After choosing a trail, packing water and a granola bar and heading out the door, my typical thoughts while mountain biking tend to drift to the therapeutic effects of having the wind on my face and the sun on my shoulders. To be honest, I rarely give much thought into the building, preservation, or maintenance of the trail I am enjoying (aside from picking up the occasional wrapper I find).
On July 30th, my eyes were opened.
After spending a day on the trail with the International Mountain Bicycling Association (IMBA) at Deer Valley Resort in Park City, Utah, I learned about all the work, community outreach, and environmental awareness that goes into building a healthy trail system.
IMBA & Mountain Trails Foundation
IMBA, along with Mountain Trails Foundation (Park City, Utah’s local affiliate with IMBA), hosted the “Celebration of Trails” event with Deer Valley Resort. As a guest with Outdoor Women’s Alliance at the event, I was able to spend the day on the trail with members of IMBA, hearing about their experiences and their passion for the mountain biking community.
Kristy Kibler, a member of IMBA, first heard about IMBA in 2007 when its Trail Care Crew, a traveling grassroots educational program, rolled through her community in Tampa, Florida. Since getting involved with IMBA, her perception of mountain biking has significantly changed. Similar to my experience, Kristy remarked that she “…had no idea what it took to put trails on the ground. Not only the sweat equity, but the years of planning, fundraising, and building community support. IMBA has in some way touched every mountain bike trail in the nation.”
|Perfect skies meet perfect trails at Deer Valley Resort|
With the mission to “…create, enhance, and preserve great mountain biking experiences” in mind, IMBA members have worked with governments to enhance land access and protection, developed trail mapping programs, and consulted with fish and wildlife specialists to develop habitat-friendly trails.
Mountain Trails Foundation is emulating this mission by overseeing new trail development and maintenance. Because of their dedication, the trail systems in Park City were awarded IMBA’s “Gold Ride Center” status, the organization’s highest recognition in identifying world-class mountain biking facilities.
Testing Top-notch Gear in Deer Valley Terrain
Deer Valley plays a no small part in earning Park City this recognition—many of the town’s best trails are found at the resort. Chair lift access enables exploration of the vast terrain in a single day, of which we took full advantage during the Celebration of Trails event. Tour guides led us through their favorite trails and offered helpful pointers for all levels of riders to improve their skills, making the riding experience more rewarding. The widely varied terrain included narrow trails through aspen forests, challenging rock gardens, nicely buffed berms, challenging wood features, and open areas with sweeping views of neighboring Jordanelle reservoir.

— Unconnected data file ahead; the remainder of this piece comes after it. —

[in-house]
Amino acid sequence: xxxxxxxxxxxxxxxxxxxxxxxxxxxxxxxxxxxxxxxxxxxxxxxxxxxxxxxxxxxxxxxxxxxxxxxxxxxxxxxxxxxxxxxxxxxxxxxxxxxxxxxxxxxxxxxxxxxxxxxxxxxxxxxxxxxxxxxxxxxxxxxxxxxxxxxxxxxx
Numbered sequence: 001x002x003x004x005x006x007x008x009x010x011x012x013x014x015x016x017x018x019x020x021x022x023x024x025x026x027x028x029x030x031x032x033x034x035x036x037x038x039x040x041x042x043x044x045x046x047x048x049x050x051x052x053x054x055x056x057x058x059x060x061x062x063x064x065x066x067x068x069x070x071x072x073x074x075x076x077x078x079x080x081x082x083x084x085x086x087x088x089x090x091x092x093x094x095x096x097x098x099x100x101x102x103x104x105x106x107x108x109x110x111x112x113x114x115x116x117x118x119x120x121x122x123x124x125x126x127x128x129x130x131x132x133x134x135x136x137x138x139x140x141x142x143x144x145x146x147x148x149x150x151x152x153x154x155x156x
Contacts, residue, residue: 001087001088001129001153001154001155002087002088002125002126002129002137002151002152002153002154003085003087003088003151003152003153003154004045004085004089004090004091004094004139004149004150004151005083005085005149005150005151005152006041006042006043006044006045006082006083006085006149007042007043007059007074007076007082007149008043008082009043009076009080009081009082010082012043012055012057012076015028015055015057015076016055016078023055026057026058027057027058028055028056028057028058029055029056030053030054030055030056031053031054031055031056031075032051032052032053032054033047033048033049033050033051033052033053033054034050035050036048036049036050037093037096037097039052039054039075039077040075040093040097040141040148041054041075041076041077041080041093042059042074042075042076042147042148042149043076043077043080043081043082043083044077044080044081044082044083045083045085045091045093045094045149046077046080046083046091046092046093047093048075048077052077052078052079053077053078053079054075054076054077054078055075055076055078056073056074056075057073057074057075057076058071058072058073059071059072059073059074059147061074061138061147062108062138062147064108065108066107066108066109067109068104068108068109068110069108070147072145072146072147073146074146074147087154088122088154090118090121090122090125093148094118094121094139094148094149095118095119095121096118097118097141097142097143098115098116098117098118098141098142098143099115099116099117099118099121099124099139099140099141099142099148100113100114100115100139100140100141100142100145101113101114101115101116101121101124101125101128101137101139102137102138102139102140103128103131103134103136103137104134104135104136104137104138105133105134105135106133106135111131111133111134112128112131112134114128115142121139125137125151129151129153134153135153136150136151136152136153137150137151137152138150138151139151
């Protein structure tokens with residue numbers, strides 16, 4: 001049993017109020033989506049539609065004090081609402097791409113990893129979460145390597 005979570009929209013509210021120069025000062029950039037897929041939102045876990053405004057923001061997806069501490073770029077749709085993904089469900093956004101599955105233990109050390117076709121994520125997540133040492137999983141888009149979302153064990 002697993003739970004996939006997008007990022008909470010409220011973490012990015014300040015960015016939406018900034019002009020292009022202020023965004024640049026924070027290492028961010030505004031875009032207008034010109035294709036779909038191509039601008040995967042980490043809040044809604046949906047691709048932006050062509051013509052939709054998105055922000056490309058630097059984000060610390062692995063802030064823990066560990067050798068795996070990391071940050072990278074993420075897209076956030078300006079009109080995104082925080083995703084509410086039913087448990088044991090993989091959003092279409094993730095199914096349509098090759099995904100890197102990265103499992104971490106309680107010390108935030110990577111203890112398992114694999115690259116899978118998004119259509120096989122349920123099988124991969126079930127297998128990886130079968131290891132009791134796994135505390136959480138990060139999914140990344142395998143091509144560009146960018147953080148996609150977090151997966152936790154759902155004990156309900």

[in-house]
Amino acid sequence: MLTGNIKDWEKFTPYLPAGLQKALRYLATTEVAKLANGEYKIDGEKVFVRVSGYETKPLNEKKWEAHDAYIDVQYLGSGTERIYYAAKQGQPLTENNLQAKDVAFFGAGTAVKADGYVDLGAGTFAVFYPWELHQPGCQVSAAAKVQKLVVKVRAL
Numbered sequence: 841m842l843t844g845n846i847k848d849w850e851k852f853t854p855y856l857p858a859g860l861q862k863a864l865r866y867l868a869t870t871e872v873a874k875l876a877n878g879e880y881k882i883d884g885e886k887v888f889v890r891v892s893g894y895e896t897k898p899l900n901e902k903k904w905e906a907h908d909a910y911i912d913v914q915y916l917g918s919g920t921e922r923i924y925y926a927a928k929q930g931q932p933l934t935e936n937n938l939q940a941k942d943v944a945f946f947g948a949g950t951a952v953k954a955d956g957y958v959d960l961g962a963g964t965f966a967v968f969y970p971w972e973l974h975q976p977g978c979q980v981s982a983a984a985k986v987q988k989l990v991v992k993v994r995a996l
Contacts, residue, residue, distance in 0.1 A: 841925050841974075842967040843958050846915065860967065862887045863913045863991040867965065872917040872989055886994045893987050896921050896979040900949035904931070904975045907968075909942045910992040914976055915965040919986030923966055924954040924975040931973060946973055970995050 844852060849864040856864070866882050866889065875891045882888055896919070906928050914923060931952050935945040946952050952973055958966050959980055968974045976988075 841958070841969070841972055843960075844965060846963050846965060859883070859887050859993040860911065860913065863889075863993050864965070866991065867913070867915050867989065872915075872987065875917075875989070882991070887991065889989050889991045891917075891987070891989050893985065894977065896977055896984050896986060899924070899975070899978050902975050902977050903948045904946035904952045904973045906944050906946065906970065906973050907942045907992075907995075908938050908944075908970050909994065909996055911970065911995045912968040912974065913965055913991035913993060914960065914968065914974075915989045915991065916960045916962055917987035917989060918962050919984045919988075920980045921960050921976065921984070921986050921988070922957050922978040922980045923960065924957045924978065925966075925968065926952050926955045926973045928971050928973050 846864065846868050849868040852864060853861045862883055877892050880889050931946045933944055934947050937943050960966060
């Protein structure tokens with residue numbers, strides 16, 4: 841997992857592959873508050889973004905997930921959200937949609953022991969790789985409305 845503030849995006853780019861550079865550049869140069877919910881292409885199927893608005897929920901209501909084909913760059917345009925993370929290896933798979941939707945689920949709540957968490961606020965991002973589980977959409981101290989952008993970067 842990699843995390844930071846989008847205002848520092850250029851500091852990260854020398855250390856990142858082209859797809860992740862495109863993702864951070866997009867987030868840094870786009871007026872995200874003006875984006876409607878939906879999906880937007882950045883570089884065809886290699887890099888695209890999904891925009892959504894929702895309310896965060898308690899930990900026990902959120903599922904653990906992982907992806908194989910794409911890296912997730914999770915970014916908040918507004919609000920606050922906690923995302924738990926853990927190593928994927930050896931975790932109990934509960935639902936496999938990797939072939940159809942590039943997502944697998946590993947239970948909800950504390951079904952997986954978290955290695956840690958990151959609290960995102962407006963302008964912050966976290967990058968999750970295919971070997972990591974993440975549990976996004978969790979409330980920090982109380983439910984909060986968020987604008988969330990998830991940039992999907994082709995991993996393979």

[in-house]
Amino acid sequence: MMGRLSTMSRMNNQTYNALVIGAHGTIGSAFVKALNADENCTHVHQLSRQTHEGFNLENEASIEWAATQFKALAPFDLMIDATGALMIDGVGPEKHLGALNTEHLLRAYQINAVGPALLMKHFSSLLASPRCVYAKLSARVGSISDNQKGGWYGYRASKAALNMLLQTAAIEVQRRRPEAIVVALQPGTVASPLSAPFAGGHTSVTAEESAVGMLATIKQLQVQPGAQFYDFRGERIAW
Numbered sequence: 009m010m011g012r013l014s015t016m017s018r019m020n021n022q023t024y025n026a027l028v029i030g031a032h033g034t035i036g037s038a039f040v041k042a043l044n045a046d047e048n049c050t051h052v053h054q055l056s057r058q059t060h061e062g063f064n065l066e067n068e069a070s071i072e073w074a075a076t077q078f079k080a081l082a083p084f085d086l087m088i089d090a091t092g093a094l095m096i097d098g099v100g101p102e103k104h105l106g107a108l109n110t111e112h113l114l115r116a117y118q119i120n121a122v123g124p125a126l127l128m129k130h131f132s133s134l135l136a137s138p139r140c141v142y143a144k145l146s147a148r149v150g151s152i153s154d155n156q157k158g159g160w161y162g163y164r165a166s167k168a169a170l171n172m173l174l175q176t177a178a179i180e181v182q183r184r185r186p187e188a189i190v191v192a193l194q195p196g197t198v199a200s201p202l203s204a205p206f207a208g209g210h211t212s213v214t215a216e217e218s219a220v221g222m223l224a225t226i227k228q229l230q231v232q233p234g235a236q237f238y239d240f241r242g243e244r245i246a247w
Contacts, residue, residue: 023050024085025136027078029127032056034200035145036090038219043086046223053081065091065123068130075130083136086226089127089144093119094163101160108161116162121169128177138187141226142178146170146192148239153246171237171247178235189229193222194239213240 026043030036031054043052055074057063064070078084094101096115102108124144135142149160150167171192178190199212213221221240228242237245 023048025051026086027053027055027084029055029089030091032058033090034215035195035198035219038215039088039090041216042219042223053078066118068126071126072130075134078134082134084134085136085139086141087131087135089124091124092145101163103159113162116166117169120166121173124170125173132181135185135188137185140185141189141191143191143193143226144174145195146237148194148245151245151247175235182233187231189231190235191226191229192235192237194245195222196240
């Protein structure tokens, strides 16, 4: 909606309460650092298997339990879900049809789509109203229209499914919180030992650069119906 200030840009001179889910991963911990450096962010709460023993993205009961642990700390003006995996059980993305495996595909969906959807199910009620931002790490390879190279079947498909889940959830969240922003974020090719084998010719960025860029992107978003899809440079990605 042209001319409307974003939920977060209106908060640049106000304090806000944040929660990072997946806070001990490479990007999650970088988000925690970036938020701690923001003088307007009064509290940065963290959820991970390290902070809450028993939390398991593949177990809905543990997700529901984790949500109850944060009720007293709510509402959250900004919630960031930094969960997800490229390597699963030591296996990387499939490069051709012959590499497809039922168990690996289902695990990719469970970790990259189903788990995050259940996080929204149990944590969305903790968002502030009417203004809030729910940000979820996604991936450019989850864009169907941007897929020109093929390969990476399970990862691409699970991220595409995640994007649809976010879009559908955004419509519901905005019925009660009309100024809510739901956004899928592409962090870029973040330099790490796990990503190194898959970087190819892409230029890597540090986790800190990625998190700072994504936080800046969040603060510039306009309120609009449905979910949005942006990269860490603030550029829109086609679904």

While the terrain provided exceptional mountain biking, the Deer Valley’s high-end demo bikes made the riding superior. Our group tested the Diamondback and Jamis bikes. My model was a Jamis Dakar AMT 650; sporting 27.5” wheels, the bike has the benefits of 29” wheels—better traction, smoother ride, less rolling resistance—without the drawback of a higher center of gravity.
The bike rode like a dream. Shifting between gears was precise and very smooth, making the transitions to uphill climbs surprisingly seamless. In addition, the beefy suspension with six inches of travel absorbed the hit of every obstacle and made me charge downhill like never before.
Taking a break from the riding, riders were treated to a sampling from the gourmet menu at Deer Valley’s Silver Lake Lodge. Here, we enjoyed fresh shrimp spring rolls, delicious flat bread pizzas, amazing salads, and homemade ice cream sandwiches. My favorite item was a succulent buffalo burger with bacon, gouda cheese, caramelized onions, and guacamole. The delicious lunch refueled us and we were energized and eager to load the lifts for more riding.
The event was truly a celebration of trails. The community, the riding, the food, the sweeping views of the mountains from the lift all combined to make it a perfect day. I walked away from the event feeling more in love with mountain biking; not just the experience of shredding down amazing single track and enjoying the beautiful surroundings, but appreciating the community and the work that goes into maintaining these wonderful trails.
Before taking my leave from the mountain, I asked Kristy what riders can do to support their local mountain biking community. “Become a member
Ready to get involved? Receive updates about IMBA mountain biking in your area by signing up at imba.com/trail-love.
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To find Brooke, follow her photo adventures on Instagram.
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